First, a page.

|Regiment||Rank||Service No||Place of Birth||Date of Death||Age||Burial|
|2nd/6th South Staffs||Private||240451||Woodsetton||30 Nov 1917||25||Cambrai Memorial, France|
Birth of Edwin Langford registered March quarter 1892 in Dudley.
1 George Street, Woodsetton, Staffordshire.
Edward Langford (48, Puddler, born Sedgley), his wife Sarah (47, born Sedgley), and their 7 children: Elizabeth (21, Factory Hand, born Sedgley), Arthur (19, Furnace Labourer, born Sedgley), Harriet (17, Domestic Servant, born Sedgley), Sarah (15, Domestic Servant, born Sedgley), Edwin (8, born Sedgley), Maud (5, born Sedgley), and Joseph (3, born Sedgley).
1 George Street, Woodsetton, Staffordshire.
Edward Langford (58, Iron Worker, born Woodsetton), his wife Sarah (58, born Woodsetton), and 6 of their 9 surviving children of 12: Elizabeth (32, Brick Maker, born Woodsetton), Arthur (27, Furnace Labourer, born Woodsetton), George (22, Iron Worker, born Woodsetton), Edwin (19, Colliery Labourer – above ground, born Woodsetton), Maud (16, Home Duties, born Woodsetton), and Joseph (13, Colliery Labourer – above ground, born Woodsetton).
The 1/6th South Staffs arrived in France between the 3rd and 5th March 1915. They moved to Armentieres on 20th March and then to Fletre for further training. In April the battalion marched to Wulveringhem in Belgium alternating between trench duties and further training. Edwin is recorded as having landed in France on 5th March 1915.
On 28th April 1915, Edwin was awarded the Distinguished Conduct Medal (DCM), this was the first medal awarded to the 1/6th South Staffords in the war. This was for his part in rescuing a number men overcome by gas after a British camouflet explosion, bear in mind that Edwin had worked in collieries before the war.
The Brigade Mining Section was involved in defensive mining operations only, primarily counter-mining and exploding charges, known as camoflets, under the German tunnel to cause them to collapse. During one such operation, in the tunnel near Kruisstraat Cabaret on 27th April, a party of men from the Mining Section were overcome by carbon-monoxide fumes and had to be rescued.
One of the members of the rescue party was Private George Bennett of the 1/5th North Staffords: “I was on mining duty when I discovered there was gas in the sap. I informed the officer in charge and three officers and one sergeant went to find out if it was fit to continue working in, and on entering the sap they were overcome. On knowing this, I and two more put a wet sandbag on over our heads and entered the sap to get them out. We got two officers out, and then we had to give up for a few minutes to get breath. After being driven back a few times we succeeded in getting the other officer out alive, and then I was overcome by gas myself, and remember no more until half an hour later, when to my sorrow the other men told me that they had got to the Sergeant who was furthest in, and found he was dead.”
The Distinguished Conduct Medal was awarded to nine members of the rescue party. All of the men received the same citation for their award: “For conspicuous courage and devotion to duty on 28th April 1915, near Kemmel, when he took his turn with a few others in entering a mine gallery to rescue comrades who had been overcome by gas. the rescuing party persevered till all had been saved.”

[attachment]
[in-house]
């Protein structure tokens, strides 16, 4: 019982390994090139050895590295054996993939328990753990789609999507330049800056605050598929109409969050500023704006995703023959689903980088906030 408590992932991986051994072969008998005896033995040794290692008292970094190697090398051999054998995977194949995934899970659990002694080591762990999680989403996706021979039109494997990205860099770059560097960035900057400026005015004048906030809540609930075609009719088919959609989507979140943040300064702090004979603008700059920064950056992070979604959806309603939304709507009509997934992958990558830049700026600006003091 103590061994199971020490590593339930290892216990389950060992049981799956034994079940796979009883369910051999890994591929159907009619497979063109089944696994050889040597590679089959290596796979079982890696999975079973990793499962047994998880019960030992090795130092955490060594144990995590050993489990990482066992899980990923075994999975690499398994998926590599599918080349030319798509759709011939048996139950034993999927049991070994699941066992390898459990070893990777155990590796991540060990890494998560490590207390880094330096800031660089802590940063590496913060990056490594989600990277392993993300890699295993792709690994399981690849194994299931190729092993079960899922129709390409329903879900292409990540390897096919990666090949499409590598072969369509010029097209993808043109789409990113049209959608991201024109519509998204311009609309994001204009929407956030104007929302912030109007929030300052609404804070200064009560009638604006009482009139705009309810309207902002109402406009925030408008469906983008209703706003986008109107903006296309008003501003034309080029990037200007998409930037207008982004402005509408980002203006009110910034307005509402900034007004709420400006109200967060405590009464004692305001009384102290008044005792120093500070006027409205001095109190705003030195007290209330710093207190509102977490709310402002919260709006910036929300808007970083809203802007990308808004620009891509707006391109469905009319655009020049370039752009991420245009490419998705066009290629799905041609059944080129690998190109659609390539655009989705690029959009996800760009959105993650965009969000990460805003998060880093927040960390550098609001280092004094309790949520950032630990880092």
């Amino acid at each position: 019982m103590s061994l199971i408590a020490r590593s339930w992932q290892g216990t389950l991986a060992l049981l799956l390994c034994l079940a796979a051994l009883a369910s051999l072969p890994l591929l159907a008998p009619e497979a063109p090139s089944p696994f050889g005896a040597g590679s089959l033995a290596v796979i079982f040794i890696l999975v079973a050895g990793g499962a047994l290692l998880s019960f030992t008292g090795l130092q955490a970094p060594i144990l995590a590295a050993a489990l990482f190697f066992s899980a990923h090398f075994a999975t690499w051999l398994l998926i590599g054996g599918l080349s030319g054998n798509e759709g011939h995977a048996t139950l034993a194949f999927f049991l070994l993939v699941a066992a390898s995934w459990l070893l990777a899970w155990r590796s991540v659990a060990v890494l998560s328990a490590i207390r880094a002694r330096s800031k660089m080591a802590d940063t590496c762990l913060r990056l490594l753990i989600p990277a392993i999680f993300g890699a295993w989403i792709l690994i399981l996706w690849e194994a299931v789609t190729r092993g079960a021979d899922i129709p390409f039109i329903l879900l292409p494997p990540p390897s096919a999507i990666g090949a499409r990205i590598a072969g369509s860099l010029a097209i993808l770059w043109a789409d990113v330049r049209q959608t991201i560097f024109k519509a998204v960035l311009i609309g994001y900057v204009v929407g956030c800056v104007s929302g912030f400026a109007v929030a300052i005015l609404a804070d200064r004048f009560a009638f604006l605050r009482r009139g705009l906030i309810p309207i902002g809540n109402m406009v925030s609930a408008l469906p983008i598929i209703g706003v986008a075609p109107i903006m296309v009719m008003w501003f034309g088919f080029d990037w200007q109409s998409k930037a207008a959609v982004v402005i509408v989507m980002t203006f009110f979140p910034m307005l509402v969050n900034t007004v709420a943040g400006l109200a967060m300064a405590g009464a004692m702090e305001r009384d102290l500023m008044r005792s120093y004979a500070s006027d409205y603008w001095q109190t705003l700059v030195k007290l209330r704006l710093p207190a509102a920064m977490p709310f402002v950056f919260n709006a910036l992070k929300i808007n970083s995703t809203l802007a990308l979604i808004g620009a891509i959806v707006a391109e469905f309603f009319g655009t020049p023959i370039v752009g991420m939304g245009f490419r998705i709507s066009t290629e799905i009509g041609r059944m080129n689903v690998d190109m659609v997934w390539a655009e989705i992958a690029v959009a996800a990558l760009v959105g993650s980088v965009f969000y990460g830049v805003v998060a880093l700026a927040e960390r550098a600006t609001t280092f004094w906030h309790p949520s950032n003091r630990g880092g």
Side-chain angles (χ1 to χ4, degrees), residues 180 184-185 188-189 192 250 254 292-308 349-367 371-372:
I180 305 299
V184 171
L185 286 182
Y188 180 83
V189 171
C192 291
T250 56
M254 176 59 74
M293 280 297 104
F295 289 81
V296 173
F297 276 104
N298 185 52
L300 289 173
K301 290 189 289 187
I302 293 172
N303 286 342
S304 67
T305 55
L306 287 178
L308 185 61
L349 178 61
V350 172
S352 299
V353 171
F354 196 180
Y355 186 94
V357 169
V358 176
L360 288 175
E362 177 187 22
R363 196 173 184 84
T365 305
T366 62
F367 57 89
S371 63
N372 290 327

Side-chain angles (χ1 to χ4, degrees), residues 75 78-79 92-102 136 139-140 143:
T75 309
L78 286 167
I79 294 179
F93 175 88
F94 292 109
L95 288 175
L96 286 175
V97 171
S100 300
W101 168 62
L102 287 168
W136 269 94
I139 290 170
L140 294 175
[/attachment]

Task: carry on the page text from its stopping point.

Cause of Death
After the initial success on the opening day of the Battle of Cambrai, the breakthrough to Cambrai was elusive. Bourlon Wood, dominating the northern end of the battlefield, was eventually captured but was under constant bombardment giving massive casualties. On 28th November the 2/6th South Staffs moved into Bourlon Wood and came under heavy bombardment, with large amounts of phosgene gas. Bourlon Wood was abandoned on the 3rd December, as it was impossible to hold against German shelling.
War Diary of 2nd/6th South Staffs.
29th November 1917, Bourlon Wood.
Enemy heavily bombarded Bourlon Wood with High Explosive and Gas shells and attacked front line positions on the 2/6th North Staffs regiment front, to which we were in support. ‘A’ Company advanced through the wood under heavy fire and reinforced the front line in answer to the S.O.S signal. The Company sustained several gas casualties.
30th November 1917, Bourlon Wood.
The battalion was heavily bombarded by Gas and High Explosive shells. During these two days the battalion suffered heavy causalities from gas, the whole of ‘A’, ‘C’ & ‘D’ Companies becoming casualties.
27 men of the 2/6th South Staffs were killed on the 30th November and, over the next 2 weeks, a further 55 men of the 2/6th South Staffs died, mostly due to the effects of gas in Bourlon Wood.
Edwin Langford has no known grave and is commemorated on the Cambrai Memorial at Louverval.
- WOODSETTON SOLDIER’S D.C.M. | Dudley Herald, 17th July 1915
At the monthly meeting of the Coseley Urban District Council on Tuesday evening, Councillor J. Wright referred to the fact that the Distinguished Conduct Medal has been awarded to Private Langford, of George Street, Woodsetton, for an act of bravery and heroism on the field of battle. He proposed that a letter of congratulation be sent from the Council to Private Langford’s parents. Councillor Pickerill seconded, and the proposal was cordially agreed to.
- WOODSETTON SOLDIER KILLED IN BATTLE | Dudley Herald, 9th February 1918
The late Private E. Langford, whose home was at 1 George Street, Woodsetton, Coseley, won the coveted D.C.M. in 1915, in recognition of an act of bravery while serving with the South Staffordshire Regiment. This was the first medal gained during the war by any member of the regiment, and the many friends of this soldier have heard with deep regret that he has been killed in battle. He was a single man, 26 years of age, and was very greatly respected in the district from which he came.